'Avatar' is part of important discussion about race
If you thought James Cameron's "Avatar" was just a 3-D fantasy flick about nice cat people vs. mechanized mad men, think again. There's a fourth dimension, a shadowy back story about race that has the sci-fi blogosphere engaged in its own war of the worlds.
Annalee Newitz, writing last week on her science blog io9, criticized "Avatar" for depicting yet another white man as a hero in the liberation struggles of oppressed people of color.
As happens in movies such as "District 9," "Dances With Wolves" and "The Last Samurai," Newitz wrote, "a white guy manages to get himself accepted into a closed society of people of color and eventually becomes its most awesome member."
I came away from "Avatar" with a similar feeling, although not nearly as strong as I had after watching, say, "Mississippi Burning," which portrayed the FBI as heroes of the civil rights movement.
And yet, I'd recommend seeing "Avatar," not only for the sensational special effects but also to participate in an important discussion about race.
As a movie summary, suffice it to say that an ex-Marine named Jake Sully uses futuristic means to transform himself from a human, or Sky Person, into a Na'vi cat person. Then he infiltrates the cat people to gather intelligence for a military invasion but ends up falling in love with a cat woman. A "race traitor" to his fellow humans, Sully leads the cat people in thwarting the military invasion.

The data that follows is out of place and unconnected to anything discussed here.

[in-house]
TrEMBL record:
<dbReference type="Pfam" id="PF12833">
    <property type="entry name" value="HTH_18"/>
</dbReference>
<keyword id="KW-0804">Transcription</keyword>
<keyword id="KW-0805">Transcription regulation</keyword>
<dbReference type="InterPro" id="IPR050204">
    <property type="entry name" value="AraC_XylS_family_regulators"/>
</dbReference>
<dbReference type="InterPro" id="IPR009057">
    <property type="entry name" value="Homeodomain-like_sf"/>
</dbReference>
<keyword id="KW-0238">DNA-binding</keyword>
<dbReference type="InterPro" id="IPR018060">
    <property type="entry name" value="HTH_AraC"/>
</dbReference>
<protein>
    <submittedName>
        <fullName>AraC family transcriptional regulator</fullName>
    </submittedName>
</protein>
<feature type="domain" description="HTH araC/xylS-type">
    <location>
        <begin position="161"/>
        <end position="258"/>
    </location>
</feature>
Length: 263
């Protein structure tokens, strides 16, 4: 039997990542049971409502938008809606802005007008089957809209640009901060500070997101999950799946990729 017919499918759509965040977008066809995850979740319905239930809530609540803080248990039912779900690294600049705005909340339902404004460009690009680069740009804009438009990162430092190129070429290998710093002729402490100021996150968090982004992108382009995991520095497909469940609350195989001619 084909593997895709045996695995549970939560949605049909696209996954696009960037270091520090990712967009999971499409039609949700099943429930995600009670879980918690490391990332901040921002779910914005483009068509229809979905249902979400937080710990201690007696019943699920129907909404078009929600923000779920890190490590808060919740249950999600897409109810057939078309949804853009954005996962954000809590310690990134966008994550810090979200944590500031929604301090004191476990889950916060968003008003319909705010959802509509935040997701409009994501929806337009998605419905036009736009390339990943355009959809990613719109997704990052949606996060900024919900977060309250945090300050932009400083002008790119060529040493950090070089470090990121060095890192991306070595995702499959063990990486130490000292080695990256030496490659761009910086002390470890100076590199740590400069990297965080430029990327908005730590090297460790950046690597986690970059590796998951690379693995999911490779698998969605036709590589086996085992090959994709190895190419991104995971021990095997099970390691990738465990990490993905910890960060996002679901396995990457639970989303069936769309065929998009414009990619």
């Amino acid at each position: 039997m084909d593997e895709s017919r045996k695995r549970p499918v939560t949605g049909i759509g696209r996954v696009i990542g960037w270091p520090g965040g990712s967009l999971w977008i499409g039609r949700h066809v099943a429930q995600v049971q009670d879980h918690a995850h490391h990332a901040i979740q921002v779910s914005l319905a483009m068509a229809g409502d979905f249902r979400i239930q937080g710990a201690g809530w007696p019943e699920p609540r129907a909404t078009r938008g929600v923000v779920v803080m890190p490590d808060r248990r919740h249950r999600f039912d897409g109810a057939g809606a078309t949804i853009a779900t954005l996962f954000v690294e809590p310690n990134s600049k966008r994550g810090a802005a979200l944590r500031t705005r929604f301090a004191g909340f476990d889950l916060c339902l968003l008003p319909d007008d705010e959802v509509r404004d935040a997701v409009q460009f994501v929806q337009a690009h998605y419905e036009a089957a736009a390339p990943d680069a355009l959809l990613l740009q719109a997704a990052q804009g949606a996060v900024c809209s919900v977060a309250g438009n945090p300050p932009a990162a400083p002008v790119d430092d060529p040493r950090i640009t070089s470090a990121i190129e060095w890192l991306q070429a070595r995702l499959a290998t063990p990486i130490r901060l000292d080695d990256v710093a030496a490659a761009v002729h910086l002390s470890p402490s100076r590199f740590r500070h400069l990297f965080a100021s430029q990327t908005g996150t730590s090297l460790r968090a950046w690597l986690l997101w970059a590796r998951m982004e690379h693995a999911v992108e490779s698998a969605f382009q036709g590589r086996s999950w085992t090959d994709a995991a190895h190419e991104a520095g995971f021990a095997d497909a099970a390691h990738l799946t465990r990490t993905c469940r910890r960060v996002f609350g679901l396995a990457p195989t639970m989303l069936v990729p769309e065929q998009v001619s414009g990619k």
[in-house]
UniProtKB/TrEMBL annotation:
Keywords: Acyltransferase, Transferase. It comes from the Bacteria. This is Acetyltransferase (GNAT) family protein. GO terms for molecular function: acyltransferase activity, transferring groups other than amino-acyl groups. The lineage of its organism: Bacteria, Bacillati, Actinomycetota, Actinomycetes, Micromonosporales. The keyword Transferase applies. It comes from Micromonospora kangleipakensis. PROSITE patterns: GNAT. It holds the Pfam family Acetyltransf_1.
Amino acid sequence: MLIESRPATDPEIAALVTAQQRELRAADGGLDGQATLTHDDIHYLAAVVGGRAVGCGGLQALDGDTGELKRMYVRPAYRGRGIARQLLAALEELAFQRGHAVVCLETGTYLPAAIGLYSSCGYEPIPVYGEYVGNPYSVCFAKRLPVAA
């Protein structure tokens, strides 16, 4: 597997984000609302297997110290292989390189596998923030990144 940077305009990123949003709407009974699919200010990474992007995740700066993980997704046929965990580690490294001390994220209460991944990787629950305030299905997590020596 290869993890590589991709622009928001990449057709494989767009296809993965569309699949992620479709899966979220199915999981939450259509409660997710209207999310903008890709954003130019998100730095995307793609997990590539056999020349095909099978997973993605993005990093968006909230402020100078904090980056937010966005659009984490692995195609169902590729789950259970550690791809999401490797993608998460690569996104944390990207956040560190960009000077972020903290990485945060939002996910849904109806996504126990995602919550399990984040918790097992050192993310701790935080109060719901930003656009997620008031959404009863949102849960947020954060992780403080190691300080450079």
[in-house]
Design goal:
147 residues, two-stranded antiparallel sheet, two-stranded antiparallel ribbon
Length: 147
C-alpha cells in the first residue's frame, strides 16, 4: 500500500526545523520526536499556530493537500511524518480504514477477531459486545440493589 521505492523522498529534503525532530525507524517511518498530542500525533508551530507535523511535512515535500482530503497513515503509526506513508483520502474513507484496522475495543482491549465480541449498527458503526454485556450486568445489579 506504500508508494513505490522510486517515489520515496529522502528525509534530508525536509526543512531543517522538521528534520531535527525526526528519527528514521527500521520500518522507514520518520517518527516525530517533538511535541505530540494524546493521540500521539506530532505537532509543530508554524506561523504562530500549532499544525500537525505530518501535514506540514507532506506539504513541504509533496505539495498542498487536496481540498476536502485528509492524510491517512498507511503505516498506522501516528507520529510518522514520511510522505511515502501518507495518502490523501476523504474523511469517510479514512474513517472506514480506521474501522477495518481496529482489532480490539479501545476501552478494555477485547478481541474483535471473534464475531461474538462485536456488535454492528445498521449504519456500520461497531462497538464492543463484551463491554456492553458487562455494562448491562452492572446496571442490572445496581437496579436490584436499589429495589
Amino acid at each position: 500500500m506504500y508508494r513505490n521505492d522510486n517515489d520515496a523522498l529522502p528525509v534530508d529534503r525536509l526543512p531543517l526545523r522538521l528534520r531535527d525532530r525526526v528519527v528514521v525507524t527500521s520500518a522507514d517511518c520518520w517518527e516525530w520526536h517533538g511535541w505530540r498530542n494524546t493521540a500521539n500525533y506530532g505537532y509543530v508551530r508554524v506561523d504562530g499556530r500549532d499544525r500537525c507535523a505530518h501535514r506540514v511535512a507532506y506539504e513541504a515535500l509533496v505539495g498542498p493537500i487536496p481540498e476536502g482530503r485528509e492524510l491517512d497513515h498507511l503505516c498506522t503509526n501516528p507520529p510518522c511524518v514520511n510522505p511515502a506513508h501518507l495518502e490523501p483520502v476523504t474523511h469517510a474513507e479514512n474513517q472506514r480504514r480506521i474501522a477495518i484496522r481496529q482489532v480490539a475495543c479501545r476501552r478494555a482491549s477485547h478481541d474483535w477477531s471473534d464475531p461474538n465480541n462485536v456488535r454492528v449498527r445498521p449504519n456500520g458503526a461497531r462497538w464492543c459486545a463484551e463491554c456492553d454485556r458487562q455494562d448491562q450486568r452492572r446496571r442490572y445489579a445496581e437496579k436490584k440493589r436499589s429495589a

"This is the essence of the white guilt fantasy, laid bare," Newitz wrote. "It's not just a wish to be absolved of the crimes whites have committed against people of color; it's not just a wish to join the side of moral justice in battle. It's a wish to lead people of color from the inside rather than from the (oppressive, white) outside. Think of it this way. Avatar is a fantasy about ceasing to be white, giving up the old human meatsack to join the blue people, but never losing white privilege."
The Moving Image blogger picked up that same theme. "Sully has the power to choose between being a dominating Sky Person or a Na'vi victim, which in the end yields greater power -- the audience's empathy. Only white men are privileged enough to have such choices."
Some might wonder how blue cat people become stand-ins for oppressed people of color. It's more obvious than it seems.
You can tell some cat people are Native Americans, for instance, because, as Newitz describes them, they "wear feathers in their hair, worship nature gods, paint their faces for war, use bows and arrows, and live in tribes."
In addition to Native Americans, I saw some cat people as black people in disguise. This racial effect is cleverly accomplished by using certain speech patterns and body language. One cat man spoke with a West Indian accent, for instance.
"By the end of the film, you're left wondering why the film needed the Jake Sully character at all," the Moving Image wrote. "The film could have done just as well by focusing on an actual Na'vi native who comes into contact with crazy humans who have no respect for the environment."